In late March, Tokyo postponed the Olympic Games to 2021. The 2020 European football championship has also been rescheduled. The Coronavirus pandemic has forced many sports rightsholders to cancel or postpone their sporting event.
With the cancellation of events worldwide, revenue worth billions of dollars have been lost. Barbara Martins-Nio, our MCI Director for sporting events, shares her views on the challenges encountered by cities in hosting major international sporting events.
Even with the end of the lockdown, social distancing requirements will make it challenging for sports facilities. For host cities, the post-Coronavirus context calls for a realignment of their strategy with the constrained capabilities. Nevertheless, most city dwellers need and want to get back to some form of “normal” social life. Ever since the first Olympic Games in 776 BC, sporting events convey a sense of peace and unity. Sport’s social function is essential after human or natural disasters.
Cities and the sports industry are facing a unique opportunity to work side by side. Together, they can revive jobs and revenue.
Even at the height of the lockdown, most countries had identified sports practice as a legitimate basic need warranting an exception to enforced restrictions. Walking or running outside has remained a good workout option amid the COVID-19 outbreak. Practising a sport regularly remains an essential component of a healthy lifestyle, for both mind and body. Runners around the world thus often take to the streets or the trails to maintain their fitness and boost their immune systems, while respecting social distancing requirements. In fact, many sports activities – walking, running, swimming, riding, biking or climbing outdoors – are contactless.
We should thus explore ways in which we can encourage people to continue practising such healthy activities outdoors. Cities must move away from promoting sports practice exclusively in enclosed areas (e.g. gyms, swimming pools, or stadiums). They must provide outdoor facilities for sports practitioners. Cities are looking into setting up new ways to get people involved in sports. The recent pandemic is an opportunity to review our sports practices and adapt them to the global health crisis.
During the lockdown, many sports fan have also been practicing from their homes. In Toulouse, a man even ran a marathon from his balcony. After the lockdown, practising sports at home will continue. The aim is to promote new habits that conform to stay at home rules, which could be re-enacted anytime soon. Cities are thus taking steps to facilitate the practice of sports from home. Local authorities across Europe have developed new web-based training programmes or funded the production of live videos on social media platforms.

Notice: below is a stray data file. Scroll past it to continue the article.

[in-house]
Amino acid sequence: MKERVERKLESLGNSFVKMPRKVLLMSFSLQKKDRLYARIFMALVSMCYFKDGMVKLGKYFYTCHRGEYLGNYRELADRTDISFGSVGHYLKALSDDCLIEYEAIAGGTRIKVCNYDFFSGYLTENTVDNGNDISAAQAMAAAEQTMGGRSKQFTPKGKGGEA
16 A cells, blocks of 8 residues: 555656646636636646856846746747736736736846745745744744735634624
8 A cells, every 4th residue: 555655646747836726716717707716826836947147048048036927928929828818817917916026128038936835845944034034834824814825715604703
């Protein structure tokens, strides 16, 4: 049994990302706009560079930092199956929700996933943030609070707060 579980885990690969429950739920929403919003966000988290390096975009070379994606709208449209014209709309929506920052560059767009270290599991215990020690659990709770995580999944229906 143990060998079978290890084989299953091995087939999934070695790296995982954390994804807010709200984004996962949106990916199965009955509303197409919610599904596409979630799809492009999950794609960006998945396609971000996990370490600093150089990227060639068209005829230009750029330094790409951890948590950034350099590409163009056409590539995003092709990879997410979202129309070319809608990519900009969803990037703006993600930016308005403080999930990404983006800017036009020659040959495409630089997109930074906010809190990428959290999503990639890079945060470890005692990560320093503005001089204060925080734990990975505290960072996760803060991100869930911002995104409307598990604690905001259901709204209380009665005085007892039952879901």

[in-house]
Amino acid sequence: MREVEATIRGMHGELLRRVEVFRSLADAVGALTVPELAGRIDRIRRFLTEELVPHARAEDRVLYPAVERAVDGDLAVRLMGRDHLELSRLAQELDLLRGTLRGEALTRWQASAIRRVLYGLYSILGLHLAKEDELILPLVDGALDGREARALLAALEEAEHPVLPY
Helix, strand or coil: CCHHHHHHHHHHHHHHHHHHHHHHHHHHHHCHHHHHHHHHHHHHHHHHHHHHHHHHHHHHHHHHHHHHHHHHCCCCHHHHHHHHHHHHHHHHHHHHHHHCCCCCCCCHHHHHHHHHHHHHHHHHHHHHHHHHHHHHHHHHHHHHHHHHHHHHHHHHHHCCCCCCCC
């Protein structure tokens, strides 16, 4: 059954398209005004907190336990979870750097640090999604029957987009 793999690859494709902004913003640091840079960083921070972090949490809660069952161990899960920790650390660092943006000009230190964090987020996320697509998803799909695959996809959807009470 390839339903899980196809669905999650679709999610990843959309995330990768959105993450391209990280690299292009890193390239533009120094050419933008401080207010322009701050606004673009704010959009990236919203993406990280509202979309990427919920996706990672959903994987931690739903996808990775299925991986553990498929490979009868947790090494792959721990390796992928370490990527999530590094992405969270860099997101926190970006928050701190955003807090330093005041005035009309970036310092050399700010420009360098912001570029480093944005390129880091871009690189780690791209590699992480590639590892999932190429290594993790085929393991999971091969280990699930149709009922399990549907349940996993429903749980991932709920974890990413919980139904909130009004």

A new spirit of cooperation was already underway. I want to believe that the crisis will accelerate it.
Social distancing restrictions are likely to remain after the lockdown. We will all learn to live with the deadly virus. For sure, city and sports leaders are now fully abreast of the sanitary risks of large public gatherings. Sports fan have morphed their fears into prudent behaviour. Most of them are keen to avoid large crowds at least for the coming months.
Yet, people firmly believe that sports have the unique ability to unite people, communities and nations. Sport is a great equaliser, and political leaders have embraced it. Beyond the social benefits, cities know that international sports events provide economic benefits and contribute to creating, shaping or reinforcing their brand strategy. But they are also aware of the pitfalls that put their reputation at risk: infrastructure and security costs, debt and higher taxes, or the short-term use of new facilities.
The post-Coronavirus sporting events will arguably be downsized. Priority will be given to local or national sports competitions rather than top-tier international sporting events. Sporting events will be commensurate with the drastic hit the economy has taken. It would thus be misguided for sports or city leaders to expect the same ambitious marketing strategies as before the Coronavirus outbreak.
Since the International Olympic Committee adopted its 2020 Agenda seven years ago, we are witnessing a progressive rebalancing. Cities no longer want ‘White Elephants’ with post-event financial abysses. On the other hand, sports rights holders need cities that can plan, mobilise, finance and operate carefully throughout the event while leaving a great legacy.
Cities and the sports industry are facing a unique opportunity to work side by side. Together, they can revive jobs and revenue. They can also rise to broader challenges: energising community initiatives, modernising local infrastructure, enhancing the quality of life. A new spirit of cooperation was already underway. I want to believe that the crisis will accelerate it. Cities must revive their community spirit after the lockdown, and sports can help to recover and mitigate the negative health impacts of lockdown measures.
MCI has been involved in major sports events including the Tour de France, the FIFA World Cup (Russia), the Olympic Games (Brazil), Euro 2016 football tournament (France), the UEFA Champions League Final (Milan) and the Summer Olympic Games (Rio de Janeiro). The company was also involved in many small and middle-sized events during the year, such as the Longines Masters in show jumping (Paris), the World Archery Field Championships (Dublin) and the World Handball Championship (France).